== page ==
The problem as you’ve stated, is that there are so many different options for how to implement multi-tenancy, and so many side effects that’d have on the rest of the codebase that an official solution would be considerably difficult to achieve without discounting some options, or making life hard for those that don’t want to use it.

    I’ve written an article that goes into multi-tenancy with laravel in quite some detail, and it’s a fairly simple process. It requires more explanation and reasoning than code.

    That being said, there is definitely an interest in it, and I’m working on both a course and packaged solution that hopefully helps those in this situation.

  11. Isn’t multitenancy simply a concept of running the same application instance but serving multiple consumers? If I add a global scope to every model that scopes to the current tenant id, this is, by definition, a multi tenancy, right?

    I don’t understand the need for a database-per-customer need. What is the point of this? Leaking data? Well, you have tests that cover that…

  12. There’s an abundance of tutorials in the Laravel community that focus on smaller concepts like: toast notification, relating objects, building a blog. These concepts are easy to rip out and replace and don’t have a larger impact on a codebase.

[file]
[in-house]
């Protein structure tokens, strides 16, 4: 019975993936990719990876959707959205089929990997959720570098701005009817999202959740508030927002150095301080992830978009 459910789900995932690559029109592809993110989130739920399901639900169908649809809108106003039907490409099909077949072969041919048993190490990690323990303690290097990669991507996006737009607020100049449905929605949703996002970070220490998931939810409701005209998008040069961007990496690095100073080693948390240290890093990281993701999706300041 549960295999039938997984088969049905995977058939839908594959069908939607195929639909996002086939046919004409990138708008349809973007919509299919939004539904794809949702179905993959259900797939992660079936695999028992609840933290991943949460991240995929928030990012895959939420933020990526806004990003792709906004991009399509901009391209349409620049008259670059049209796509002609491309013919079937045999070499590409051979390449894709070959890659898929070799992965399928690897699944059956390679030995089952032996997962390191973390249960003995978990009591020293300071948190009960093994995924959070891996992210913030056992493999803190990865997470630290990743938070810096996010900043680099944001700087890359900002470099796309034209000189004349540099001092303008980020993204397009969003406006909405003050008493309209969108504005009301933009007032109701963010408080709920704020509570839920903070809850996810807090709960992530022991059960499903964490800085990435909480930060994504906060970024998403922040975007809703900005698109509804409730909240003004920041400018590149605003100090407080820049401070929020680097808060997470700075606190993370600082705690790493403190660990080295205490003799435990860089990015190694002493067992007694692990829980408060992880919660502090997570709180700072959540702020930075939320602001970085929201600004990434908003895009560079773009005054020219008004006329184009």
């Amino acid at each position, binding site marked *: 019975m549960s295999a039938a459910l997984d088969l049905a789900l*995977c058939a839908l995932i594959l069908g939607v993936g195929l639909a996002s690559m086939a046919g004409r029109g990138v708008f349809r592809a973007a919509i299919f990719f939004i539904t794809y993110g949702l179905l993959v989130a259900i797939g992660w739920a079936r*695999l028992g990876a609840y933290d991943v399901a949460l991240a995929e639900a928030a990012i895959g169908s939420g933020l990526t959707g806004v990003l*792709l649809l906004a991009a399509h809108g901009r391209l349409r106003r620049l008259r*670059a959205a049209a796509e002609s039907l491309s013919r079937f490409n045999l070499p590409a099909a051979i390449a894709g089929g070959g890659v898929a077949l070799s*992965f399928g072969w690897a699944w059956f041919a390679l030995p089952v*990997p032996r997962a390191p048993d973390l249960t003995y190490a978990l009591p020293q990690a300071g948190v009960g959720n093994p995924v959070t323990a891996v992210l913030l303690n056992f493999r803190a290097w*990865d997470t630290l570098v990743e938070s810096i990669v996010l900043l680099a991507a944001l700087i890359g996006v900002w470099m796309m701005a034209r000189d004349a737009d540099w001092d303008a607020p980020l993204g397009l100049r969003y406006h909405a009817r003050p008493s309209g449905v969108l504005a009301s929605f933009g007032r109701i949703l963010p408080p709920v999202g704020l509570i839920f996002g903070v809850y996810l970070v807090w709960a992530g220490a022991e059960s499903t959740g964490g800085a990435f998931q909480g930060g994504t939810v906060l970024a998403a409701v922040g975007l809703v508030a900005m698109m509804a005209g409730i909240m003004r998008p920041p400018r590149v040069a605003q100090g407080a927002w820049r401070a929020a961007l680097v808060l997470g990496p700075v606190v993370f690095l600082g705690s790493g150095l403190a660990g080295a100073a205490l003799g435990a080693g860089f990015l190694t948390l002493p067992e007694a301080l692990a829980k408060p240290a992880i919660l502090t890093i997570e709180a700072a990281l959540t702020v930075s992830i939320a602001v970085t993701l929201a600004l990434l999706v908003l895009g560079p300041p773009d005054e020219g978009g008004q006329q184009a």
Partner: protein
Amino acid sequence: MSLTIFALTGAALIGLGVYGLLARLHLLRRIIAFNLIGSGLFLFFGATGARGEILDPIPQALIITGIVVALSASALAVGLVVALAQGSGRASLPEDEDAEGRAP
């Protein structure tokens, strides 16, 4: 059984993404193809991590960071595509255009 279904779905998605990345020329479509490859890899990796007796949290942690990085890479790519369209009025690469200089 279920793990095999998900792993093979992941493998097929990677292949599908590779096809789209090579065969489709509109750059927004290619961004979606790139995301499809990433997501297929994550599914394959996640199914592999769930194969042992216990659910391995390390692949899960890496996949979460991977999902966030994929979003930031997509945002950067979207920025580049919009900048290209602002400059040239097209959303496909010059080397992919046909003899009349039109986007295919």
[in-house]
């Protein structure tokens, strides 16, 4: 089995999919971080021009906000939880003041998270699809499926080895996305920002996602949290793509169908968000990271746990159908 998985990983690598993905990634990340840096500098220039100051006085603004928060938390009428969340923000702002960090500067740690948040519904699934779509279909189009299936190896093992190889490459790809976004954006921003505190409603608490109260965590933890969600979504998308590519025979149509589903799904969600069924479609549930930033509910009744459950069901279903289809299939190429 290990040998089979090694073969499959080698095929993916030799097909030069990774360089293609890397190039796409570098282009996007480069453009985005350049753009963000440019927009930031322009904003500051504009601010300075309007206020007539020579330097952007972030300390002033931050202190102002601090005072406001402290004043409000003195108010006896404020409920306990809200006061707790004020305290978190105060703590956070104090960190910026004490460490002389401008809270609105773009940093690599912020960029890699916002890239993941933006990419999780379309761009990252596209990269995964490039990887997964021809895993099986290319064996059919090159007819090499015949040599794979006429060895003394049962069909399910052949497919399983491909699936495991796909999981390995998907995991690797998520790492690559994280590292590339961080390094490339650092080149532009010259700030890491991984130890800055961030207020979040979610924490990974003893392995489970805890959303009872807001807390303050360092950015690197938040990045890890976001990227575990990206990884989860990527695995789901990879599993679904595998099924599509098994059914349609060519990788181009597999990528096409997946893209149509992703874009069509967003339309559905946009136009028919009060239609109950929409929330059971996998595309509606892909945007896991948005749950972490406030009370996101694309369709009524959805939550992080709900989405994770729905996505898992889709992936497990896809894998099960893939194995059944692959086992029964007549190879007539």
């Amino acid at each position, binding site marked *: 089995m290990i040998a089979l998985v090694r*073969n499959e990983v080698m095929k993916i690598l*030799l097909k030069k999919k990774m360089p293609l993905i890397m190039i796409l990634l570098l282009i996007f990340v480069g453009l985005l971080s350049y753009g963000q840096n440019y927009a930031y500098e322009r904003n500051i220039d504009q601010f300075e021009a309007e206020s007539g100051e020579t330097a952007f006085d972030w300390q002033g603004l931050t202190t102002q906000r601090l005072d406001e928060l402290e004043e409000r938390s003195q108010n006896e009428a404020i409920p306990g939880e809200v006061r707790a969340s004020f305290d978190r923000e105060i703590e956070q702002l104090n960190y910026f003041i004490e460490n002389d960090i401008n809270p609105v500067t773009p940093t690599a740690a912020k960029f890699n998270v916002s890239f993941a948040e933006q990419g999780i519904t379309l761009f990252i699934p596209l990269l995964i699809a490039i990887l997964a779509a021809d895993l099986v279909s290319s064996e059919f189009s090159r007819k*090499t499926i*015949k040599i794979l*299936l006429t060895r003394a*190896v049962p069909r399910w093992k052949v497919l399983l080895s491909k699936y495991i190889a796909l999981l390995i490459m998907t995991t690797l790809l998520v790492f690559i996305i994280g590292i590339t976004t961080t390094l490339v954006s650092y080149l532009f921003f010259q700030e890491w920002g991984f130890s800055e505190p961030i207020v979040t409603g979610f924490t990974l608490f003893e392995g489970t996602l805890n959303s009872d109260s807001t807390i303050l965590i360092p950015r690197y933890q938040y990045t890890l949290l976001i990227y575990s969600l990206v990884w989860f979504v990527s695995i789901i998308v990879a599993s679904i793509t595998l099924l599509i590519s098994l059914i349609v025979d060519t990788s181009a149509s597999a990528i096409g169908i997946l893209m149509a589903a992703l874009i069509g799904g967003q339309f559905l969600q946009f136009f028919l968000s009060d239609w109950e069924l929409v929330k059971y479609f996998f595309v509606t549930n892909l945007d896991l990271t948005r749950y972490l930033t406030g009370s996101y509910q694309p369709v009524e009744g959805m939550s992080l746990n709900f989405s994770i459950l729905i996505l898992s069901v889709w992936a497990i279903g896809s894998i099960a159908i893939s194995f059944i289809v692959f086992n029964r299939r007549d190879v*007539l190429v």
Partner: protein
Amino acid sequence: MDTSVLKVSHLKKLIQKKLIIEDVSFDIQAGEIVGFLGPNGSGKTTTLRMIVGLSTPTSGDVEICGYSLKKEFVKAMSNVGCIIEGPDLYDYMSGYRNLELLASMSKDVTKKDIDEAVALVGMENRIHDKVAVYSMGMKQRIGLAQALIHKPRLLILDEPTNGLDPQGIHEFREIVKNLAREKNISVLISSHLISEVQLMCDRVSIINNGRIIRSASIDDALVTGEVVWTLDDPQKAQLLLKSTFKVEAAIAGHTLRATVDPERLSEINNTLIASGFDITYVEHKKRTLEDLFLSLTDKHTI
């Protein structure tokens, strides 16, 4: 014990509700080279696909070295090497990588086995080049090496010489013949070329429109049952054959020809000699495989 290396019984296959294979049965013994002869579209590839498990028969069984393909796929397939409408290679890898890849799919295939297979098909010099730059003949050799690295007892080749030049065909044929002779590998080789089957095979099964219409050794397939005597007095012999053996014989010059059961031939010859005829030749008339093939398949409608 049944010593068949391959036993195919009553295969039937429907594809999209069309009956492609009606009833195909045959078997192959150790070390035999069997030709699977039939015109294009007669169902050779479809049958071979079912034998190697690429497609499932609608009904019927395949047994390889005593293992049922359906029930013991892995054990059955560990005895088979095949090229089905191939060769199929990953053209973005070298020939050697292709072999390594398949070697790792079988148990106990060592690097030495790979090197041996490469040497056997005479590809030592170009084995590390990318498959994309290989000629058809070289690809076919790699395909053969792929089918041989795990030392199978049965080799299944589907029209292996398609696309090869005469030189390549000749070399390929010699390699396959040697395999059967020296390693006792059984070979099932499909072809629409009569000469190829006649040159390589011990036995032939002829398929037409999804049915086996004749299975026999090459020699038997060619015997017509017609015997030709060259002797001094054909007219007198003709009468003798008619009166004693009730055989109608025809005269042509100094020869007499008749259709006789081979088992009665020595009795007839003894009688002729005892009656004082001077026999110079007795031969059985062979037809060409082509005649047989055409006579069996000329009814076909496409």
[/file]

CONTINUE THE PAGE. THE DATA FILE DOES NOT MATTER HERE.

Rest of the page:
Multi-tenancy is a larger, more impactful, feature to implement that, if done incorrectly, can really screw a developer over in the long run.

    A developer knows that Laravel provides features, like query scoping, that can make multi-tenancy a breeze. Identifying the right features to use and implementing them the “Laravel way” can be challenging for a beginner.

    When faced with a significant task, like multi-tenancy, I like to mimic the Laravel way and to do that I often look to the official Laravel resources to guide me. It gives me more confidence in my solution and it lets me focus my anxiety on my cruddy business logic–something I can’t always find guidance on.